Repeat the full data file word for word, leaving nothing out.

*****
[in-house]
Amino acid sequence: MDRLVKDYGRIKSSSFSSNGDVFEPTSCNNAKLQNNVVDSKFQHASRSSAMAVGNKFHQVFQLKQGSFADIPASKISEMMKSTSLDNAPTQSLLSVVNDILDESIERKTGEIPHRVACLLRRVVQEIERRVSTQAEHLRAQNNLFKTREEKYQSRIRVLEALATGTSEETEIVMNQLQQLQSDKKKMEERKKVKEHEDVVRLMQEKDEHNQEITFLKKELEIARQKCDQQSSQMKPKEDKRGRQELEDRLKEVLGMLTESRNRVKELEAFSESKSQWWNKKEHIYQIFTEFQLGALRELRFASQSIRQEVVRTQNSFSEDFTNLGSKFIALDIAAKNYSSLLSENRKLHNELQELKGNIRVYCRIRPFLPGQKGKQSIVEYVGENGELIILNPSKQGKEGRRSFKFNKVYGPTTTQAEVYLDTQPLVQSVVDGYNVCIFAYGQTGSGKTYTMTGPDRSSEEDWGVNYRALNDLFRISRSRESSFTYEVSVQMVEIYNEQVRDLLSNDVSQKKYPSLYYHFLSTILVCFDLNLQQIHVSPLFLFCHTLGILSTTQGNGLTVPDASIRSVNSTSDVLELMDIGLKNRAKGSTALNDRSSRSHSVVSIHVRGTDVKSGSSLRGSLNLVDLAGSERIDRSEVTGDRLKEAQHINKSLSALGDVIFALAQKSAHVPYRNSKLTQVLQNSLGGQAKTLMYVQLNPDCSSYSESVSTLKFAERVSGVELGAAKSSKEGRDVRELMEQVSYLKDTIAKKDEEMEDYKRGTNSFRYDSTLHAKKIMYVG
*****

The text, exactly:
[in-house]
Amino acid sequence: MDRLVKDYGRIKSSSFSSNGDVFEPTSCNNAKLQNNVVDSKFQHASRSSAMAVGNKFHQVFQLKQGSFADIPASKISEMMKSTSLDNAPTQSLLSVVNDILDESIERKTGEIPHRVACLLRRVVQEIERRVSTQAEHLRAQNNLFKTREEKYQSRIRVLEALATGTSEETEIVMNQLQQLQSDKKKMEERKKVKEHEDVVRLMQEKDEHNQEITFLKKELEIARQKCDQQSSQMKPKEDKRGRQELEDRLKEVLGMLTESRNRVKELEAFSESKSQWWNKKEHIYQIFTEFQLGALRELRFASQSIRQEVVRTQNSFSEDFTNLGSKFIALDIAAKNYSSLLSENRKLHNELQELKGNIRVYCRIRPFLPGQKGKQSIVEYVGENGELIILNPSKQGKEGRRSFKFNKVYGPTTTQAEVYLDTQPLVQSVVDGYNVCIFAYGQTGSGKTYTMTGPDRSSEEDWGVNYRALNDLFRISRSRESSFTYEVSVQMVEIYNEQVRDLLSNDVSQKKYPSLYYHFLSTILVCFDLNLQQIHVSPLFLFCHTLGILSTTQGNGLTVPDASIRSVNSTSDVLELMDIGLKNRAKGSTALNDRSSRSHSVVSIHVRGTDVKSGSSLRGSLNLVDLAGSERIDRSEVTGDRLKEAQHINKSLSALGDVIFALAQKSAHVPYRNSKLTQVLQNSLGGQAKTLMYVQLNPDCSSYSESVSTLKFAERVSGVELGAAKSSKEGRDVRELMEQVSYLKDTIAKKDEEMEDYKRGTNSFRYDSTLHAKKIMYVG